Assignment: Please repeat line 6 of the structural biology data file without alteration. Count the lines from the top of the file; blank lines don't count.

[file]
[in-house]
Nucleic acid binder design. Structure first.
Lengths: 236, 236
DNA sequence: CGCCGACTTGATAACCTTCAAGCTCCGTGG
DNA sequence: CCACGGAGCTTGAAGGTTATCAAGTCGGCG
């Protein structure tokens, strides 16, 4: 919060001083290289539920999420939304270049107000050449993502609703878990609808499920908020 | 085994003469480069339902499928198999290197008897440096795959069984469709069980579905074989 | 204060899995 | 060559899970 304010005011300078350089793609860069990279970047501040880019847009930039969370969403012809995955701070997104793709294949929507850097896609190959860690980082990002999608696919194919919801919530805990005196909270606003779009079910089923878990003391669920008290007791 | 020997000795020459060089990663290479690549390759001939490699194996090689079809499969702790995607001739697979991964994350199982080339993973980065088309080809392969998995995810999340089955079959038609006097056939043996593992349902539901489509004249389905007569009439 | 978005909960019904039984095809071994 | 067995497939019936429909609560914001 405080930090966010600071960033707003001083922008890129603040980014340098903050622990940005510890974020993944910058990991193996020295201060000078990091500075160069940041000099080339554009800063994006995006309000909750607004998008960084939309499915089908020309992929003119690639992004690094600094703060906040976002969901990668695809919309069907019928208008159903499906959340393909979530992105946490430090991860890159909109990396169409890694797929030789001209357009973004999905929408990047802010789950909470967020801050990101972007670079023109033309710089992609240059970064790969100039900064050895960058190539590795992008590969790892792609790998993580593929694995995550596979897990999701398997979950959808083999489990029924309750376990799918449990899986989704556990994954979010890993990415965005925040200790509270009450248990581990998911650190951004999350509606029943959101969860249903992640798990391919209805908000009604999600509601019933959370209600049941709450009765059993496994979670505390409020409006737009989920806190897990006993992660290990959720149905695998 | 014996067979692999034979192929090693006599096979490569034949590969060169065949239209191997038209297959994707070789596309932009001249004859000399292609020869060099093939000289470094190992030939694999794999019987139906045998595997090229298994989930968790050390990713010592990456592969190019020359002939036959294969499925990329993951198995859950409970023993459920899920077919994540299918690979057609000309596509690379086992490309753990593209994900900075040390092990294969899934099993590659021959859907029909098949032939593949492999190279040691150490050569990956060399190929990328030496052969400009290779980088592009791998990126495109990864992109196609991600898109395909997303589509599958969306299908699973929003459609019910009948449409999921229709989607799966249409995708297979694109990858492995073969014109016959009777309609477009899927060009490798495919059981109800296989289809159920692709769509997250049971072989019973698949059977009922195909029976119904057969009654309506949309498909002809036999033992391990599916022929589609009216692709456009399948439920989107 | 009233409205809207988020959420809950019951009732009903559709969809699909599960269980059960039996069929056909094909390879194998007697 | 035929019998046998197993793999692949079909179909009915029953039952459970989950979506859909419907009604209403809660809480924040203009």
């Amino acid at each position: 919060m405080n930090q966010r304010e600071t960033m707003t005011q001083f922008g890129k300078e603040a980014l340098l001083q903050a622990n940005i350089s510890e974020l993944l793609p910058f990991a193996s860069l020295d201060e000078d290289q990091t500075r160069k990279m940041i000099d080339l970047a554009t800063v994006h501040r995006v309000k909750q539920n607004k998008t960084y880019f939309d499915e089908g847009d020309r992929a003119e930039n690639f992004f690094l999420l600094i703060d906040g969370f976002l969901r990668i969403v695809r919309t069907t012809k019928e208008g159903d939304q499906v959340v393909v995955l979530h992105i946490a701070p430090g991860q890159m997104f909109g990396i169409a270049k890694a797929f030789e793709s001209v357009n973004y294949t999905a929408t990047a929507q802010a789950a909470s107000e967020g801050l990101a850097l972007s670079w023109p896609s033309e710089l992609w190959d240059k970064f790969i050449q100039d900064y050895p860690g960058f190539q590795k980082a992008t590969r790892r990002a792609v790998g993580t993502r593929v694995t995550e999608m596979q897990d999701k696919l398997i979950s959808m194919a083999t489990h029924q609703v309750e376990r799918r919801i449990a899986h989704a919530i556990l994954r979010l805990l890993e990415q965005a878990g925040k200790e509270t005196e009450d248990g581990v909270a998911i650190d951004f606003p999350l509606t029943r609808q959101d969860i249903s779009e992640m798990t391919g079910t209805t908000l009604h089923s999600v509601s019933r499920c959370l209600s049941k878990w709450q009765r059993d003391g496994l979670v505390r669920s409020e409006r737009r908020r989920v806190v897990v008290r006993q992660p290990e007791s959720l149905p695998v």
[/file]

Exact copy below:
């Protein structure tokens, strides 16, 4: 919060001083290289539920999420939304270049107000050449993502609703878990609808499920908020 | 085994003469480069339902499928198999290197008897440096795959069984469709069980579905074989 | 204060899995 | 060559899970 304010005011300078350089793609860069990279970047501040880019847009930039969370969403012809995955701070997104793709294949929507850097896609190959860690980082990002999608696919194919919801919530805990005196909270606003779009079910089923878990003391669920008290007791 | 020997000795020459060089990663290479690549390759001939490699194996090689079809499969702790995607001739697979991964994350199982080339993973980065088309080809392969998995995810999340089955079959038609006097056939043996593992349902539901489509004249389905007569009439 | 978005909960019904039984095809071994 | 067995497939019936429909609560914001 405080930090966010600071960033707003001083922008890129603040980014340098903050622990940005510890974020993944910058990991193996020295201060000078990091500075160069940041000099080339554009800063994006995006309000909750607004998008960084939309499915089908020309992929003119690639992004690094600094703060906040976002969901990668695809919309069907019928208008159903499906959340393909979530992105946490430090991860890159909109990396169409890694797929030789001209357009973004999905929408990047802010789950909470967020801050990101972007670079023109033309710089992609240059970064790969100039900064050895960058190539590795992008590969790892792609790998993580593929694995995550596979897990999701398997979950959808083999489990029924309750376990799918449990899986989704556990994954979010890993990415965005925040200790509270009450248990581990998911650190951004999350509606029943959101969860249903992640798990391919209805908000009604999600509601019933959370209600049941709450009765059993496994979670505390409020409006737009989920806190897990006993992660290990959720149905695998 | 014996067979692999034979192929090693006599096979490569034949590969060169065949239209191997038209297959994707070789596309932009001249004859000399292609020869060099093939000289470094190992030939694999794999019987139906045998595997090229298994989930968790050390990713010592990456592969190019020359002939036959294969499925990329993951198995859950409970023993459920899920077919994540299918690979057609000309596509690379086992490309753990593209994900900075040390092990294969899934099993590659021959859907029909098949032939593949492999190279040691150490050569990956060399190929990328030496052969400009290779980088592009791998990126495109990864992109196609991600898109395909997303589509599958969306299908699973929003459609019910009948449409999921229709989607799966249409995708297979694109990858492995073969014109016959009777309609477009899927060009490798495919059981109800296989289809159920692709769509997250049971072989019973698949059977009922195909029976119904057969009654309506949309498909002809036999033992391990599916022929589609009216692709456009399948439920989107 | 009233409205809207988020959420809950019951009732009903559709969809699909599960269980059960039996069929056909094909390879194998007697 | 035929019998046998197993793999692949079909179909009915029953039952459970989950979506859909419907009604209403809660809480924040203009």